1943 N. 50th Street
We are the world's leading independent provider of maintenance, repair, and overhaul services in the aerospace industry. We pride ourselves on the work we do both for the military and for our commercial customers. Without our reputation for quality work, we would not have been as successful as we are today. Of course, standing behind that quality are the people of Pemco who make the difference everyday. The future of our company is filled with promise.
Pemco Aviation Group Inc. performs a variety of aerospace-related work through its three main subsidiaries. Pemco Aeroplex, Inc., in Birmingham, Alabama, has been maintaining and modifying KC-135 tankers (in-flight refueling aircraft) and Hercules C-130 transports since the 1960s. Pemco World Air Services, Inc., in Dothan, Alabama, performs heavy maintenance for commercial clients. Pemco Engineers, in Corona, California, specializes in cargo handling systems. Military work accounts for about two-thirds of the company's business.
The company that would become known as Pemco started in Birmingham, Alabama, in 1951 as Hayes Aircraft Corp. The company refurbished military aircraft and, during its heyday, employed some 12,000 workers.
Hayes began performing depot maintenance for U.S. Air Force (USAF) Hercules C-130 aircraft in 1965. This versatile plane, first built by Lockheed in the mid-1950s, was one of the most ubiquitous ever built. Originally designed as a troop transport, it was used by militaries all over the world in a variety of roles, from gunship to tanker. The U.S. military was still operating 700 of them in the mid-1990s. Maintenance on KC-135 tankers, another USAF mainstay, began in 1968.
According to SEC filings, the more immediate legal predecessor to Pemco Aviation Group--the survivor of the Hayes business--was founded in 1983 as PR Inc. Its name was changed to Precision Standard Inc. (PSI) a few years later. By this time, the company's headquarters had shifted to Denver.
Aiming its resources squarely at the military market, in April 1987 PSI acquired Monarch Aviation, an aircraft maintenance company based in Miami. Monarch, which became the basis of PSI's Maintenance and Modification Division after the takeover, had an $18 million contract to convert civilian DC-9 cargo systems to military specs for the U.S. Navy.
PSI's annual revenues were $4.6 million after the acquisition. The company had bid with the Air Force to install cargo systems on the McDonnell Douglas C-17 transports then under development. Pressure to cut military spending in fact helped offset the cyclical nature of the defense industry for PSI, observed Colorado Business Magazine. A conversion in lieu of procurement philosophy prevailed at the Pentagon. Colorado Business also predicted the end of having major aircraft manufacturers perform maintenance on military transports, since smaller contractors such as PSI were more flexible and less expensive.
The company closed its small, unprofitable Consolidated Tire subsidiary, which distributed specialty tires, in 1990. In the same year, PSI's Pemco Aeroplex subsidiary announced plans for a new facility in Dothan, Alabama, to employ 200 workers. However, plans for a new widebody hangar in Birmingham were on hold.
Up and Down in 1991
A five-year USAF contract for KC-135 maintenance awarded in 1991 had a total value of $260 million. However, the early 1990s were terrible ones for the aviation industry, and PSI's fortunes faltered as well. In fact, its stock was nearly delisted from the NASDAQ stock exchange, reaching a low of 40 cents a share in 1991. Nevertheless, the company held on to long-term military contracts during the recession, while attempting to build overseas commercial business.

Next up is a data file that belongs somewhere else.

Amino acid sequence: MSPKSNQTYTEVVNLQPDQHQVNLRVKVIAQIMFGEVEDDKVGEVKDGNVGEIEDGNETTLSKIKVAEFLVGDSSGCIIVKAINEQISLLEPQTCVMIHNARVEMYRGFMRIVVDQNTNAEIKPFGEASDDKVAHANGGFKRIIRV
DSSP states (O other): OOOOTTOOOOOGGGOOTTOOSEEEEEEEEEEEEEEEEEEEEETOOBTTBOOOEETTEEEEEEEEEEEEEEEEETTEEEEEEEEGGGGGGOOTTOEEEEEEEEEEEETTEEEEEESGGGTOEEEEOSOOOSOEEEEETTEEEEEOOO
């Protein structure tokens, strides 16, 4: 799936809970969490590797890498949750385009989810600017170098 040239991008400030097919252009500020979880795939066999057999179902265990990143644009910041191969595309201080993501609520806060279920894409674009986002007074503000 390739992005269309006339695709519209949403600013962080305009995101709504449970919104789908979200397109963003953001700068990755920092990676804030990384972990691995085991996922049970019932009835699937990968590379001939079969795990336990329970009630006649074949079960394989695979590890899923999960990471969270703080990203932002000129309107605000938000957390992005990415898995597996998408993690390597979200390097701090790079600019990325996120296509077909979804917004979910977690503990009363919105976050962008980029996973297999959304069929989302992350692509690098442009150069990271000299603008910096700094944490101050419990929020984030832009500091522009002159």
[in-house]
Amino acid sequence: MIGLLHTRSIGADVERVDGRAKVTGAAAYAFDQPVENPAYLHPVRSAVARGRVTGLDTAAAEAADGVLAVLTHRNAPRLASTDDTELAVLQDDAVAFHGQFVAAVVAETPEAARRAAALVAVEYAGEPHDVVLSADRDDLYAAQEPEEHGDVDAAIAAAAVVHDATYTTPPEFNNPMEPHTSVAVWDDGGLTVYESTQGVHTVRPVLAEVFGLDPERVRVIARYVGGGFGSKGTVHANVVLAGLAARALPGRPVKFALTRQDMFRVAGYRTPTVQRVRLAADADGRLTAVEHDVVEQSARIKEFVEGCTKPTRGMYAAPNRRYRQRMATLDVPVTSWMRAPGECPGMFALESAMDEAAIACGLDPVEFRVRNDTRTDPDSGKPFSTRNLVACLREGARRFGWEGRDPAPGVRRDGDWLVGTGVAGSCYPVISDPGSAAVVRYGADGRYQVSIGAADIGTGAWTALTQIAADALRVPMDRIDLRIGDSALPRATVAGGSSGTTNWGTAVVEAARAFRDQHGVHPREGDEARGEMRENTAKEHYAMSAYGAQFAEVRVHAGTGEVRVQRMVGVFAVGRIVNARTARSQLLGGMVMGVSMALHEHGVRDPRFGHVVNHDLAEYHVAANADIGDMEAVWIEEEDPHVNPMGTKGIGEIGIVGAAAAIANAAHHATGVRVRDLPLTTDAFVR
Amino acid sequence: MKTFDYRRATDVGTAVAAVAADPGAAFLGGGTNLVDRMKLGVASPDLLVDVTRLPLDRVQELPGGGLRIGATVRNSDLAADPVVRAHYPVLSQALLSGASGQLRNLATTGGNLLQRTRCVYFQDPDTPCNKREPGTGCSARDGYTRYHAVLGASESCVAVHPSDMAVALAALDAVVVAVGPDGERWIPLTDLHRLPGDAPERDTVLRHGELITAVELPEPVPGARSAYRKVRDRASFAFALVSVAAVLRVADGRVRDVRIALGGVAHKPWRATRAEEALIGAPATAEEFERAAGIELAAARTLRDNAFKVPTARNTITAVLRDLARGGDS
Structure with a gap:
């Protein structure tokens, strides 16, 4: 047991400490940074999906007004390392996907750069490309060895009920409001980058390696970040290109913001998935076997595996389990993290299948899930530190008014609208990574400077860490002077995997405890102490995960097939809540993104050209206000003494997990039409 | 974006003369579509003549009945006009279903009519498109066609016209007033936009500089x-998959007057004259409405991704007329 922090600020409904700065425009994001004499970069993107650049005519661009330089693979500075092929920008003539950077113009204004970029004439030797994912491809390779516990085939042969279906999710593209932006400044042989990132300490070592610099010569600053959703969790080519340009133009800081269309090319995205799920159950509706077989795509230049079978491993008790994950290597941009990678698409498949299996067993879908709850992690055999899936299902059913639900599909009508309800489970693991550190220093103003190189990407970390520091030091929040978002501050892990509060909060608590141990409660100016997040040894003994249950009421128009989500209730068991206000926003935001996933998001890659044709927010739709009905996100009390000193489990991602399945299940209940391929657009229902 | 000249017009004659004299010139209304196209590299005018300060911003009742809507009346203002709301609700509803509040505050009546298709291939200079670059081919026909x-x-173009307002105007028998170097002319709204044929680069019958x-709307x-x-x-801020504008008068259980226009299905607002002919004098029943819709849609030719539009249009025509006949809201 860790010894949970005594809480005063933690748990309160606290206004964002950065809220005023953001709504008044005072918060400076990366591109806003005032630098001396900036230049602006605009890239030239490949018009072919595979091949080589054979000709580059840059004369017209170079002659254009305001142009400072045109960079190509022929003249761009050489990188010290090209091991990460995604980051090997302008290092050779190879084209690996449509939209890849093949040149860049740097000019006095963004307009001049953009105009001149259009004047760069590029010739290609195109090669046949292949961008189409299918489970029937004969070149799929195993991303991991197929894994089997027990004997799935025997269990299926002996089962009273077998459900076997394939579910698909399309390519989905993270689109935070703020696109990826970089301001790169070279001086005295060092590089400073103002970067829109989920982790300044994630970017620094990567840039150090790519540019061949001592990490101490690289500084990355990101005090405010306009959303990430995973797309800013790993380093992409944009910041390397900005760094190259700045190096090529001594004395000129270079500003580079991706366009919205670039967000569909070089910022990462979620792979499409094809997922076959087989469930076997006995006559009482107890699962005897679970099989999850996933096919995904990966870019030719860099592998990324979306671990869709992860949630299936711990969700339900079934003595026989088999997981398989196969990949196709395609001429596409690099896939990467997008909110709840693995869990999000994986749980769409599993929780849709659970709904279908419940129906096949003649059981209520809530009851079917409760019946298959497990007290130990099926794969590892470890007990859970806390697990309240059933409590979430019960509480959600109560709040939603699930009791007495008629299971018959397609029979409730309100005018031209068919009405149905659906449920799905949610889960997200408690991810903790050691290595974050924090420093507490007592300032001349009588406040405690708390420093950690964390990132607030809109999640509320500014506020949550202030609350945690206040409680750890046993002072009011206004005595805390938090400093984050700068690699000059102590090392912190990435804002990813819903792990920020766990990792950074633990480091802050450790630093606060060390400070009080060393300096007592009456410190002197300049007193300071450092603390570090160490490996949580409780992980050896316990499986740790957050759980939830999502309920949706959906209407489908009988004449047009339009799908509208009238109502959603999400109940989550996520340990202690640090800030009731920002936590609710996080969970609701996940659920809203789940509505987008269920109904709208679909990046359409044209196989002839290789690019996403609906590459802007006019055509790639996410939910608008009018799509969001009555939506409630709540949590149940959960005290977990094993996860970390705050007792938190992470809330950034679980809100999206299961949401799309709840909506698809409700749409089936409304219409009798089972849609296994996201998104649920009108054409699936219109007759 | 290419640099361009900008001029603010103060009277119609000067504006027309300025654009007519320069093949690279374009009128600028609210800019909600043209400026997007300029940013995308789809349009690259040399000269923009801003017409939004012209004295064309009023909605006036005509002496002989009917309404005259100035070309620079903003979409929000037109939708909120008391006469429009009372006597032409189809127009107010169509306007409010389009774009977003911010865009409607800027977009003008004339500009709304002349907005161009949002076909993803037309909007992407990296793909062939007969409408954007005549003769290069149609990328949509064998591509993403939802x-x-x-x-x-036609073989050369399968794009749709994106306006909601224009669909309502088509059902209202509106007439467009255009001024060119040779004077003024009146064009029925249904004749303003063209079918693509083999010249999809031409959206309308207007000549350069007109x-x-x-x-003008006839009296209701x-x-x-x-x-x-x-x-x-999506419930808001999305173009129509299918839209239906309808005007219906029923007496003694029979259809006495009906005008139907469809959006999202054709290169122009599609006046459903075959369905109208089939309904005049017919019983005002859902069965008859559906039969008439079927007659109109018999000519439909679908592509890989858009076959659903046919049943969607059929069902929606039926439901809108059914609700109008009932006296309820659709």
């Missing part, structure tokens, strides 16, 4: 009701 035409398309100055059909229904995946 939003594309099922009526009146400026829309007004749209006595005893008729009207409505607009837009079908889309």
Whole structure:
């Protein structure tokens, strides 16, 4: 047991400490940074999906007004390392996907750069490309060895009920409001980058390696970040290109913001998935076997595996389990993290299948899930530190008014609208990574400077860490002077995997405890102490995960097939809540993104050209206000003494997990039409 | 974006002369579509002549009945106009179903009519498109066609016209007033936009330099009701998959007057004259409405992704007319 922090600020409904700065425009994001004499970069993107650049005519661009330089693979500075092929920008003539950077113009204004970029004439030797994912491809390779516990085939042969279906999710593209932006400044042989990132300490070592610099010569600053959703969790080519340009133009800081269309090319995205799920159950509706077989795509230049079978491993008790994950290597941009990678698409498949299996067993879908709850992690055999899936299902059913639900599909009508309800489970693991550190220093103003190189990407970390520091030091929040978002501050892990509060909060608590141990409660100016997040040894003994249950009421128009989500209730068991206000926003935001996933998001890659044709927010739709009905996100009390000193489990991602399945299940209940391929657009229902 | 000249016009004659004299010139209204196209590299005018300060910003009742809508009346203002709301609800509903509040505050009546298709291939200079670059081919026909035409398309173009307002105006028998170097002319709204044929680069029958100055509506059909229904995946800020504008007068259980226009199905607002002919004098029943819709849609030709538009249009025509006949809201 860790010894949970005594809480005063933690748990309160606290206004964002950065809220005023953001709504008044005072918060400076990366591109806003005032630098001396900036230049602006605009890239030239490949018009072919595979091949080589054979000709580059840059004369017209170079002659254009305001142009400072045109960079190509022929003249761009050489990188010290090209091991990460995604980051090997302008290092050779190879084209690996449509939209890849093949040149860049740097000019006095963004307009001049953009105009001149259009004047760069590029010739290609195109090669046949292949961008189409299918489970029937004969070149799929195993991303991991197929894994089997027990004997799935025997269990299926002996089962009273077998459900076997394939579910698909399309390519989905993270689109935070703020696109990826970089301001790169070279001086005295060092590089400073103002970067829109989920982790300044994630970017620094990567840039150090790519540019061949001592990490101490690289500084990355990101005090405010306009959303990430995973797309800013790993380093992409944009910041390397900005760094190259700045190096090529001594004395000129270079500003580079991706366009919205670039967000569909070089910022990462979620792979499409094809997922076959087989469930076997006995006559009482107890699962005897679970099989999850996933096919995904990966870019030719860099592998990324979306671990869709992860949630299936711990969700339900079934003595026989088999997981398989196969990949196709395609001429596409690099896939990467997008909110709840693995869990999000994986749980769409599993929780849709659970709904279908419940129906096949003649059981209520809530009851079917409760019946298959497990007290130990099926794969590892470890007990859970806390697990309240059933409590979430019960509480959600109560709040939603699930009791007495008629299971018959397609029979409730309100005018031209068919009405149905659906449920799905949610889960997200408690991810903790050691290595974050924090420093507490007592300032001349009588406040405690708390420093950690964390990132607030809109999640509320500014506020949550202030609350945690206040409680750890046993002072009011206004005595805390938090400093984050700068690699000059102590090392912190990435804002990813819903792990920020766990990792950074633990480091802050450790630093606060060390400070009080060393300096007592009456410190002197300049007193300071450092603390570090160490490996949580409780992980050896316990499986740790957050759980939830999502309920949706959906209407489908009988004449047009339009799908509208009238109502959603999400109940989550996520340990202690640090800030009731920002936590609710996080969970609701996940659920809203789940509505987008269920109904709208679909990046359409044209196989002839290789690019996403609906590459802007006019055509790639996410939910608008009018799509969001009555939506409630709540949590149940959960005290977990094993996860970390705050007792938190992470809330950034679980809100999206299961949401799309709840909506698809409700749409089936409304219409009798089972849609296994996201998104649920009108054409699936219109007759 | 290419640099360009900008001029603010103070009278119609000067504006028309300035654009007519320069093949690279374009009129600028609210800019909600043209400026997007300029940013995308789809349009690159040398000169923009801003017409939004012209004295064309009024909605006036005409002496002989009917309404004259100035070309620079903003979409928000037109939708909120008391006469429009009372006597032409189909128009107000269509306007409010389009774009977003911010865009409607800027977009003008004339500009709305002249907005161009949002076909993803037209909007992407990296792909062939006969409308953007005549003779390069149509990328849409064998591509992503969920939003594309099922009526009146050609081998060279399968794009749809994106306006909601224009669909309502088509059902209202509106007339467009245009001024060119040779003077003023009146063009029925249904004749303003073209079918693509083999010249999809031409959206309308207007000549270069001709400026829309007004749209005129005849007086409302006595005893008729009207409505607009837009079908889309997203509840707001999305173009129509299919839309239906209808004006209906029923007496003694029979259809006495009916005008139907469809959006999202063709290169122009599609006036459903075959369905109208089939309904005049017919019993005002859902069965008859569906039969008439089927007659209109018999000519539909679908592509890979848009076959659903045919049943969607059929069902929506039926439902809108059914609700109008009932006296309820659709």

The Air Force awarded Precision Standard a five-year C-130 maintenance contract in 1991. By 1995, the company had processed more than 3,000 of these planes; 740 of the tankers remained in the U.S. fleet.
Also in 1991, Precision Standard began converting Boeing 737 airliners from passenger-to-freighter and passenger-to-Quick Change configurations, which allowed airlines to carry either cargo or passengers. It converted 29 of the planes by the end of 1994. A similar conversion program for the Boeing 757 began in September 1992. A 1993 agreement to create a joint stock company for converting Russian-made Tupolev Tu-204 airliners had not progressed by 1995.
Precision Standard had added many other aircraft types to its repertoire, performing maintenance and modifications to Boeing 707, 727, 737, 747, and 757 airliners; McDonnell Douglas DC-8s and DC-9s; Airbus A300s; British Aerospace BAe 146s; T-34 military trainers; and Navy H-2 helicopters. In spite of the proliferation of civil types, the U.S. government accounted for two-thirds of Precision Standard's revenues in the mid-1990s.
PSI had a good year in 1993--in fact the Birmingham News named its stock as Alabama's "highest flying" for the year. Its share price grew nearly 300 percent in 1993, after doubling in 1992.
In 1993, a judge barred Pacific Aircraft Maintenance Corp. from doing business under the name PAMCO, due to its similarity to Pemco, the name of a PSI subsidiary. PSI's revenues were $170 million in 1993, up 16 percent. They fell to $149 million in 1994, with earnings up from $6 million to $11 million, mostly due to a one-time $8 million tax benefit.
By 1994, Precision Standard was involved in a number of different lines of aerospace-related work. Its main subsidiary, Pemco Aeroplex, Inc., performed maintenance and conversion work on large civil and military transports (this comprised 80 percent of company revenues), as well as producing aerial targets. The Space Vector Corporation (SVC) produced rocket launch vehicles and guidance systems. Pemco Engineers Aircraft Cargo Systems Division produced aircraft cargo handling systems, while the Springs and Components Division produced precision springs and components. Pemco Air Support Services, Inc. (PASS) supplied parts and follow-up support for large transports; and Pemco Nacelle Services, Inc., only created in 1993, performed maintenance and overhaul work on engine nacelles (covers), including thrust-reversers, for large jets.
Entering Europe in 1994